I suggest that you do not confine this cat at all. doing so will only increase his anxiety. Block off the entrance to the place you don't want him to go and place some enticing hiding things around the house in corners and out-of-the way places. Like, a paper bag and a cardboard box and so on. See if maybe he will use one of those.

He just needs time to settle in. don't rush him. Just be patient and in time he will understand that you are not dangerous and will warm up to you.

the vet thing is unfortunate, but it has to be done. don't feel bad, because it is probably better that you did that early on rather than waiting until he started to trust you and then had a setback from going to the vet.

Don't worry, he will come out on his own time.

You could use an old sheet or blanket stuffed under the cabinet to block off that space. He will find a different hiding place.
 

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My suggestion is block off his cubby hole so that he can't hide out there. Feed him meals, don't leave down any food for him to eat on his own. I feed my adult cats 2 main meals morning and early evening when I'm having dinner. They also get a snack at lunch time (often 1/2 can of Fancy Feast) and before I go to bed at night a few treats. y cats are not overweight and are healthy, one is almost 18 yrs, and the other is 7 yrs. Often if cat feels hungry it's an incentive to be more friendly, and it certainly makes it clear to the cat to know who's feeding him and most cats like to eat! Of course, if you're working outside the home , I would give him a larger meal in the morning feed. Hope these suggestions will be helpful. All the best!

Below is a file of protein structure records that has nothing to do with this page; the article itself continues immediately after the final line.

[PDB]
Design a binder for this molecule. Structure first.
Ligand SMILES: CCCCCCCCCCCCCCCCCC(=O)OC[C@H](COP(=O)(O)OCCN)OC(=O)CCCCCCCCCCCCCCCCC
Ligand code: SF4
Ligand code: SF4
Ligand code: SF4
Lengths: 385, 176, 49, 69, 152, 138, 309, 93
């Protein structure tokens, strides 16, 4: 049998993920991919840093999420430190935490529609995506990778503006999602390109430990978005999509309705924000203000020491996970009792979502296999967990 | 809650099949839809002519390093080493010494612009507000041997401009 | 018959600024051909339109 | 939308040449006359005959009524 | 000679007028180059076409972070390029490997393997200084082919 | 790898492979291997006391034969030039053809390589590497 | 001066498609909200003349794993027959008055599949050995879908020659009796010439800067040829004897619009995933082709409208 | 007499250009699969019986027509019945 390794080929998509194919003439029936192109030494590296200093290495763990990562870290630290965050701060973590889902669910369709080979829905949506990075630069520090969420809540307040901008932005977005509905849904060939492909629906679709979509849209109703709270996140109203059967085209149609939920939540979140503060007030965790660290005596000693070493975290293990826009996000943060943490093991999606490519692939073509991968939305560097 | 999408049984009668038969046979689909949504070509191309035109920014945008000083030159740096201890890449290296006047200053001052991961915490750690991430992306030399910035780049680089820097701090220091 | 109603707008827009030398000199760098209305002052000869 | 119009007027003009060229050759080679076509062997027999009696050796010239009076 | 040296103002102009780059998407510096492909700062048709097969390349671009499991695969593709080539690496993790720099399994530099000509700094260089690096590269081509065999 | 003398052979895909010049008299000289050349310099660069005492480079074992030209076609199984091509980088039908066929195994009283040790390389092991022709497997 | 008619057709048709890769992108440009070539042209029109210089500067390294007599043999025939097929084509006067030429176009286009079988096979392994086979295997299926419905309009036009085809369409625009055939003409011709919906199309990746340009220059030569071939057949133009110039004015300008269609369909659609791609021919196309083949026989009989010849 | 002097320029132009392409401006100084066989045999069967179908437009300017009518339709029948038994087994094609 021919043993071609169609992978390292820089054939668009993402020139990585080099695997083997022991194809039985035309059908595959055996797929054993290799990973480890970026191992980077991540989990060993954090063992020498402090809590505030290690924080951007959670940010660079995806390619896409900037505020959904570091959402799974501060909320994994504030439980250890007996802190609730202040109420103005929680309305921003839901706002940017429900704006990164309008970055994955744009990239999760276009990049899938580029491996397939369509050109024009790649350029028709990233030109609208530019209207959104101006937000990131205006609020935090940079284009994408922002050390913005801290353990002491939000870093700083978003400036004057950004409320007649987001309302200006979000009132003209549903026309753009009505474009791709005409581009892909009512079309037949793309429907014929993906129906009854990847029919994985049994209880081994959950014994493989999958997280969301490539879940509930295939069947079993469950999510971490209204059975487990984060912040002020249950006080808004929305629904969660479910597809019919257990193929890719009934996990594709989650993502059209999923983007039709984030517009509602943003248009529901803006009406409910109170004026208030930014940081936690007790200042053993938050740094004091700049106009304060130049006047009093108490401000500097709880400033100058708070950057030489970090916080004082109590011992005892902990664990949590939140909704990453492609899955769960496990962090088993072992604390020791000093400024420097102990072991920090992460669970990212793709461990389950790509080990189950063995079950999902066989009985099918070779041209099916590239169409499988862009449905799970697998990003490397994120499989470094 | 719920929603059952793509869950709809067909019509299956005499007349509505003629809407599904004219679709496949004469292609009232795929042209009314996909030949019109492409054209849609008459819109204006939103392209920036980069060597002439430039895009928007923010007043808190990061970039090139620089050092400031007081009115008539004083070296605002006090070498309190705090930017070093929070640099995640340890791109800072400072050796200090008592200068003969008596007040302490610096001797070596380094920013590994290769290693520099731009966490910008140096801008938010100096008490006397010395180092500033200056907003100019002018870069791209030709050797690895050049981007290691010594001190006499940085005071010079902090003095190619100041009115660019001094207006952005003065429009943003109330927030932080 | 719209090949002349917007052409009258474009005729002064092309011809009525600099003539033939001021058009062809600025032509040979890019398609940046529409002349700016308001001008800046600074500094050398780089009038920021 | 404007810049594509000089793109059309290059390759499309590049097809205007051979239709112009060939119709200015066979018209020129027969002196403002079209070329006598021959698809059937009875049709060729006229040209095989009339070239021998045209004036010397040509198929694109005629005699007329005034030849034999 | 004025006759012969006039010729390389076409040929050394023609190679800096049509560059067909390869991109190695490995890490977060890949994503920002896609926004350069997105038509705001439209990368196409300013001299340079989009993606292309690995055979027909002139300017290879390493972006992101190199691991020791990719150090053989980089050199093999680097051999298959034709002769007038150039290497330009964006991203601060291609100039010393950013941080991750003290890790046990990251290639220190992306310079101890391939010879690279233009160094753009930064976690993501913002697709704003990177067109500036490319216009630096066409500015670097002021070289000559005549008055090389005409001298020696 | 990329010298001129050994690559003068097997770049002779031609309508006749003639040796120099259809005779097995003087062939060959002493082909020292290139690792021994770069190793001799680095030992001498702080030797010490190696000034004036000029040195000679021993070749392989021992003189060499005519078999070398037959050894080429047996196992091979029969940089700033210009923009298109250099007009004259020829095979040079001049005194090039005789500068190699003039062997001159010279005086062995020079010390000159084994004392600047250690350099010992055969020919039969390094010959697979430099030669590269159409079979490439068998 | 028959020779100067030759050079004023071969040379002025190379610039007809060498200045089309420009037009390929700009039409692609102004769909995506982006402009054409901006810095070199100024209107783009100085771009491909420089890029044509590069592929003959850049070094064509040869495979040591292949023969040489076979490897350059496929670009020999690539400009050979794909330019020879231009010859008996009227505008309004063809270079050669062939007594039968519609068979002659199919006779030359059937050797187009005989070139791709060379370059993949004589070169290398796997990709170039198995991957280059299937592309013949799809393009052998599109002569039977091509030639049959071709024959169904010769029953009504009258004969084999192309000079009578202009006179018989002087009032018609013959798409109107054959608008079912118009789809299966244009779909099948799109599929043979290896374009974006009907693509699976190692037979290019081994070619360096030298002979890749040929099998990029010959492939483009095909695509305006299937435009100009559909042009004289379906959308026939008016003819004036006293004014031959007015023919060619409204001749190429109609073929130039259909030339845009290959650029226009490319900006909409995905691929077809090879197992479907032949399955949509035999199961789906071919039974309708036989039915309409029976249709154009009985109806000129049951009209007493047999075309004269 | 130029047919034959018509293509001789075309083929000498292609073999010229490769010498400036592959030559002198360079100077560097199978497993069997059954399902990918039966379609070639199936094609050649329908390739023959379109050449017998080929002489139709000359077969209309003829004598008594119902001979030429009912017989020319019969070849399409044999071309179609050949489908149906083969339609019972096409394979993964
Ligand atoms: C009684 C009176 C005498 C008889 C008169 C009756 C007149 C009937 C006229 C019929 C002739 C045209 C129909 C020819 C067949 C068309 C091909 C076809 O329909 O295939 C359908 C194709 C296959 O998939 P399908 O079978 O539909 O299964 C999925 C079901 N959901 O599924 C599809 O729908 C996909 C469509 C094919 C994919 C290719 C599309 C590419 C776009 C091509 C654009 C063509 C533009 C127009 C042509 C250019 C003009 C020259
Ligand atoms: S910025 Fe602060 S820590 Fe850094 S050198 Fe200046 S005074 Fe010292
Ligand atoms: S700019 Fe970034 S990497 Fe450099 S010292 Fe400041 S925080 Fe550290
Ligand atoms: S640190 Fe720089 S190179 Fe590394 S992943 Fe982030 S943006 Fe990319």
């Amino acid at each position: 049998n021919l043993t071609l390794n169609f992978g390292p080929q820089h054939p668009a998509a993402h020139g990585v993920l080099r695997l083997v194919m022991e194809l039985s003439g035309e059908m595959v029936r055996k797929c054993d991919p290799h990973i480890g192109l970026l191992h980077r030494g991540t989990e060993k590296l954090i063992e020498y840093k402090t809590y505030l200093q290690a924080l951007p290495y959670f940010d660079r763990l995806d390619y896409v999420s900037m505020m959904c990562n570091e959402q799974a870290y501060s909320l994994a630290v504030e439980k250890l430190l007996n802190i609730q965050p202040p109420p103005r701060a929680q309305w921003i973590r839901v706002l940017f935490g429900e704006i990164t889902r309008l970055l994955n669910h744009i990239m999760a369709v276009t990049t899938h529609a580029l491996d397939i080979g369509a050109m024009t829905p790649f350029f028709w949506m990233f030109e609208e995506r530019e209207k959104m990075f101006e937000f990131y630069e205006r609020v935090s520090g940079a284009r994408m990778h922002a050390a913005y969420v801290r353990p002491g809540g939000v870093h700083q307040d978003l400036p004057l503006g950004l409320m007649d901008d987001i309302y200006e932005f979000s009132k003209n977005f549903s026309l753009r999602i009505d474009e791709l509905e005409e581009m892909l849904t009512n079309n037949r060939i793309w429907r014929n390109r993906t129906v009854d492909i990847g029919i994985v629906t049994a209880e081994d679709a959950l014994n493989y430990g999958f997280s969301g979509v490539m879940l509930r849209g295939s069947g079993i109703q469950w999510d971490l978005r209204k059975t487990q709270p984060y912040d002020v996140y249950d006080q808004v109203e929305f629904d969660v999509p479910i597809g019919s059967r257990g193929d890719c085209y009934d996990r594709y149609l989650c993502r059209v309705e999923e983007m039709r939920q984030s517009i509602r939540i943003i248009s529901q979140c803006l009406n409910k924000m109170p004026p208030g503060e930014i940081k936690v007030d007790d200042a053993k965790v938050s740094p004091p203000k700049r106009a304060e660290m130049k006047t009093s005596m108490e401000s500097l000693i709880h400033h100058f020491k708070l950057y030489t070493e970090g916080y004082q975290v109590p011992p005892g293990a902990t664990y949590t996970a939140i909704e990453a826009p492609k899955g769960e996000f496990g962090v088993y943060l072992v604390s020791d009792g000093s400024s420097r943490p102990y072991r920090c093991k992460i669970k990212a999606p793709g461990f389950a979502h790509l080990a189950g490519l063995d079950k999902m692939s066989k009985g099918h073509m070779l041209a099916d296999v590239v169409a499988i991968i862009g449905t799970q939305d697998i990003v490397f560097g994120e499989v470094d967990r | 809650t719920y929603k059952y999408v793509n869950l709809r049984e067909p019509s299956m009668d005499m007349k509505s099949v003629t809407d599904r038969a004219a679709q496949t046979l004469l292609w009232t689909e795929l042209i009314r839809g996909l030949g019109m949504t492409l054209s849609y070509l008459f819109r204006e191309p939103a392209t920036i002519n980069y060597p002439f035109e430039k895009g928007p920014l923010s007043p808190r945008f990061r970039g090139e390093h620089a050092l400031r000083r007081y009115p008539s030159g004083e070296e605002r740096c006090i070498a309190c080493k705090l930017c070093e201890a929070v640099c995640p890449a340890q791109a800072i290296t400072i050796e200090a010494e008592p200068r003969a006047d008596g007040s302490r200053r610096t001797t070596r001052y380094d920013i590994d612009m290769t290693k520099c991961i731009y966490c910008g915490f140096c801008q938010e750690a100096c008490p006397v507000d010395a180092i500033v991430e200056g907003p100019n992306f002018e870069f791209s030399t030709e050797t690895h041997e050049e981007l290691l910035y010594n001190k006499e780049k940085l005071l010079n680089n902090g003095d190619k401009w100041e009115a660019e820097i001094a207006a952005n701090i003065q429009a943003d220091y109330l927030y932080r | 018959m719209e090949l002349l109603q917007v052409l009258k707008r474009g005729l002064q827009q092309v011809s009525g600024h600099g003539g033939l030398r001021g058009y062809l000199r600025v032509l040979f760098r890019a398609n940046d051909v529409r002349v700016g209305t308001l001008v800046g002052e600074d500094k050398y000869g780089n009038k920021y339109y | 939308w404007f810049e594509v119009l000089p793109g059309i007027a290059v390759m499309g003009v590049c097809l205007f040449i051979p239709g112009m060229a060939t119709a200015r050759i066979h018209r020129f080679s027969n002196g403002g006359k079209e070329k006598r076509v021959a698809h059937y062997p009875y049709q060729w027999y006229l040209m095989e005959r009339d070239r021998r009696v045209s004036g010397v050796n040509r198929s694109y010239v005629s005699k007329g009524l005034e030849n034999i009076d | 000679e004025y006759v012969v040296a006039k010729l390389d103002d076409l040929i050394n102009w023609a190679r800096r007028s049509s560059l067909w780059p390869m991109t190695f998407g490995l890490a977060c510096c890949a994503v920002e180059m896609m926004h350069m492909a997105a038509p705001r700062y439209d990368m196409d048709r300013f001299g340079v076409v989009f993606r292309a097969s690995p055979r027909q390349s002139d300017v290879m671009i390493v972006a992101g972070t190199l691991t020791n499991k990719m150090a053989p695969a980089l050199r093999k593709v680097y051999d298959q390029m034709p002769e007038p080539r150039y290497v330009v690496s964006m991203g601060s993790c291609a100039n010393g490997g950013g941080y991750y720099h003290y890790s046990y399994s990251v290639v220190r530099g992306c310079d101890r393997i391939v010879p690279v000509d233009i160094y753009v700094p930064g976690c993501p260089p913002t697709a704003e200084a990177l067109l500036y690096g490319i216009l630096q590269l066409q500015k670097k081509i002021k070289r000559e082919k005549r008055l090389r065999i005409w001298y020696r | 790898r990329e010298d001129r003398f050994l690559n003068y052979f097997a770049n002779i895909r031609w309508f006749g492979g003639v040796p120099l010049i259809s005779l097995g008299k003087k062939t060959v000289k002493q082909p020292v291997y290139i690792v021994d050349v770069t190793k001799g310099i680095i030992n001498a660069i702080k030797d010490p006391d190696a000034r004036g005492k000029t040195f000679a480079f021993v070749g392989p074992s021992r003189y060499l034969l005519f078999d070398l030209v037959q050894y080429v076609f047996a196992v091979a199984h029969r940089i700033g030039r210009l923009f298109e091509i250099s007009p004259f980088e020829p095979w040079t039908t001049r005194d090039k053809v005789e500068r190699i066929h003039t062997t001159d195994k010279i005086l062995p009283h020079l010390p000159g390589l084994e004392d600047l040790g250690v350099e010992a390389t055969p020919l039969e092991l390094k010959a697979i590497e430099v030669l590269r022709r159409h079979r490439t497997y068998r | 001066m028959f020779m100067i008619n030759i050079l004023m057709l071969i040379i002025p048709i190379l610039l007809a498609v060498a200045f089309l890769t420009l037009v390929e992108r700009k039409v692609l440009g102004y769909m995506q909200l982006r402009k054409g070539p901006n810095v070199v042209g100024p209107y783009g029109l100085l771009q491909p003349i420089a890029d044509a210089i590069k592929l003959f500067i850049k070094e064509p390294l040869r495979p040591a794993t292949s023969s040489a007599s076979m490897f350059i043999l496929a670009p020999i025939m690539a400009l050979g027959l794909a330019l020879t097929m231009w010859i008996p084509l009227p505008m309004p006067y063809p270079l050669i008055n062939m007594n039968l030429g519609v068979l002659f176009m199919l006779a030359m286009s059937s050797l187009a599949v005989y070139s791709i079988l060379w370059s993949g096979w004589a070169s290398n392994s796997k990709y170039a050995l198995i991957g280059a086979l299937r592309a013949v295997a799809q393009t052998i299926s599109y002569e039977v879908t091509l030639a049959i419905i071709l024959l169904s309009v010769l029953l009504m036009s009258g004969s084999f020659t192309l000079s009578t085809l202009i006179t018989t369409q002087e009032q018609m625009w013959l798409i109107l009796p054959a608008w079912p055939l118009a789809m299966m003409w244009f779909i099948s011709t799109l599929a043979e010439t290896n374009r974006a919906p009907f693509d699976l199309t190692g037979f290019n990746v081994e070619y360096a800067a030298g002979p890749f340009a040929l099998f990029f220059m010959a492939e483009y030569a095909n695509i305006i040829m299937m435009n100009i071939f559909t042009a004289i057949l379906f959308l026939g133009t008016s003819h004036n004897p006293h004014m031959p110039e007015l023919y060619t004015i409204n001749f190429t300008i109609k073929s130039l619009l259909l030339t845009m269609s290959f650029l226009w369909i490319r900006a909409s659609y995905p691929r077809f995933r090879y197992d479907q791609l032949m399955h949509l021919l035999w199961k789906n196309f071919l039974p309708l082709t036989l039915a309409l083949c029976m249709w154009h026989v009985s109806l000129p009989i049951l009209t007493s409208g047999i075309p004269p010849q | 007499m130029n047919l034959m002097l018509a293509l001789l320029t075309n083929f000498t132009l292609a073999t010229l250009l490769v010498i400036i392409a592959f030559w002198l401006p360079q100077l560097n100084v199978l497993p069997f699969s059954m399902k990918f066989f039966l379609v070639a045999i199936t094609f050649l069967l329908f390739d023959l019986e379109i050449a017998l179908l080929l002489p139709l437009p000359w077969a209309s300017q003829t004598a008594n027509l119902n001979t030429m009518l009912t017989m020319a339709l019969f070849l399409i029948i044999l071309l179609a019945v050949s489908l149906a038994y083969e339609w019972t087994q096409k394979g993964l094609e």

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Discussion Starter · #5 ·
Thanks for suggestions.
For further info - he is 9 months and I've had him about two weeks now. He actually did stay out a little bit longer so I'll see how things go.

I will see what I can do about blocking - it's a little awkward because while the opening is small it's the length of my kitchen.

I'm not sure about the set meals as he's been use to free range up until now - He doesn't eat much either (may be due to lack of activity or just that he's still a small cat) I don't want to take away his food if he doesn't eat at a set time right now. I have been giving him treats when he is out and also left a couple in places I was hoping he would hang out instead - Like cat bed and boxes. He eats them but doesn't stay there.

Thanks
 

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Thanks for suggestions.
For further info - he is 9 months and I've had him about two weeks now. He actually did stay out a little bit longer so I'll see how things go.

I will see what I can do about blocking - it's a little awkward because while the opening is small it's the length of my kitchen.

I'm not sure about the set meals as he's been use to free range up until now - He doesn't eat much either (may be due to lack of activity or just that he's still a small cat) I don't want to take away his food if he doesn't eat at a set time right now. I have been giving him treats when he is out and also left a couple in places I was hoping he would hang out instead - Like cat bed and boxes. He eats them but doesn't stay there.